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KIAA0556 is a novel ciliary basal body component mutated in Joubert syndrome

KIAA0556 is a novel ciliary basal body component mutated in Joubert syndrome | Amazing Science | Scoop.it

Joubert syndrome (JBTS) and related disorders are defined by cerebellar malformation (molar tooth sign), together with neurological symptoms of variable expressivity. The ciliary basis of Joubert syndrome related disorders frequently extends the phenotype to tissues such as the eye, kidney, skeleton and craniofacial structures.


Using autozygome and exome analyses, scientists have recently identified a null mutation in KIAA0556 in a multiplex consanguineous family with hallmark features of mild Joubert syndrome. Patient-derived fibroblasts displayed reduced ciliogenesis potential and abnormally elongated cilia. Investigation of disease pathophysiology revealed that Kiaa0556 (-/-) null mice possess a Joubert syndrome-associated brain-restricted phenotype. Functional studies in C. elegans nematodes and cultured human cells support a conserved ciliary role for KIAA0556 linked to microtubule regulation. First, nematode KIAA0556 is expressed almost exclusively in ciliated cells, and the worm and human KIAA0556 proteins are enriched at the ciliary base. Second, C. elegans KIAA0056 regulates ciliary A-tubule number and genetically interacts with an ARL13B (JBTS8) orthologue to control cilium integrity. Third, human KIAA0556 binds to microtubules in vitro and appears to stabilise microtubule networks when overexpressed. Finally, human KIAA0556 biochemically interacts with ciliary proteins and p60/p80 katanins. The latter form a microtubule-severing enzyme complex that regulates microtubule dynamics as well as ciliary functions.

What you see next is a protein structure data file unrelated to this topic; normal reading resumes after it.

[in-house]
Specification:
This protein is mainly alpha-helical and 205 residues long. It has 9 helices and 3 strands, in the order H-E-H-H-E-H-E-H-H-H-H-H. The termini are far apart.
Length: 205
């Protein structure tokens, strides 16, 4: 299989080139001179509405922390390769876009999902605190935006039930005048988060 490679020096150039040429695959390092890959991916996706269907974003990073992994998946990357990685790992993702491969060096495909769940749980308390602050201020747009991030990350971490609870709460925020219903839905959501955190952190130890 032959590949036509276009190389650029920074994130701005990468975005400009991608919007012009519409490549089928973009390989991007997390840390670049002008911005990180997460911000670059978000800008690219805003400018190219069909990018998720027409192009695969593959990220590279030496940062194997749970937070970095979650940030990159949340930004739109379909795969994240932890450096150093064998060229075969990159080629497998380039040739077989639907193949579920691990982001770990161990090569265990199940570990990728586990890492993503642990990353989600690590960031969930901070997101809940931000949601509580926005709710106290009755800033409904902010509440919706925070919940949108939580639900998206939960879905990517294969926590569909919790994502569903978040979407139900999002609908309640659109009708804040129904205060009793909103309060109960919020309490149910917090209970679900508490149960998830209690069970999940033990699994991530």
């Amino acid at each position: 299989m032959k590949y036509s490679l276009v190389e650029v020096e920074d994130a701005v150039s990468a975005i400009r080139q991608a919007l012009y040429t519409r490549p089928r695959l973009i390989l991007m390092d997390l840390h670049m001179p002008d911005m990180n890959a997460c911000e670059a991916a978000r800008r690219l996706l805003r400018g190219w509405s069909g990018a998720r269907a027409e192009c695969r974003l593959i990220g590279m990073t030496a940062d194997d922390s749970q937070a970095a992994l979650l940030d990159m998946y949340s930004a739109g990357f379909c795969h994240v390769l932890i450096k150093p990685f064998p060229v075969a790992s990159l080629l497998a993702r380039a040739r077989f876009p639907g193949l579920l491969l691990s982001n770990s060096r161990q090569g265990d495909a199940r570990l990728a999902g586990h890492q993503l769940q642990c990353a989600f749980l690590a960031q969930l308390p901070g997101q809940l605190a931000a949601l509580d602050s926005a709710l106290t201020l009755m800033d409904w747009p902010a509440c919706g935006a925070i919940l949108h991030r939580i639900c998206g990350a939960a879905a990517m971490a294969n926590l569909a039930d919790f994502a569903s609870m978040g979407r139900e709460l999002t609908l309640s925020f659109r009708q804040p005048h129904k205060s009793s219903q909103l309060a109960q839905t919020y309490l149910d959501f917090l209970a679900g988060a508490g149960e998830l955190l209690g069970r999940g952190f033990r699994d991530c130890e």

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Genetics: Big hopes for big data

Genetics: Big hopes for big data | Amazing Science | Scoop.it

Technology is allowing researchers to generate vast amounts of information about tumors. The next step is to use this genomic data to transform patient care.


Adrian Lee has dedicated his career to studying breast cancer, which is to say he is actually tackling many different diseases at once. “No two breast cancers are the same,” says Lee, a pharmacologist and chemical biologist at the University of Pittsburgh in Pennsylvania. “Cancer is way more complex than we know.”


Lee is using genomic technology to fully describe cancers of the breast and apply that knowledge to guide treatment decisions for individual patients. “We can now analyse multiple variables from a single specimen, such as changes in DNA, changes in RNA and changes in methylation,” he says. “Genome-wide scans allow for better systems biology and allow us to learn what's gone wrong in a particular tumor.”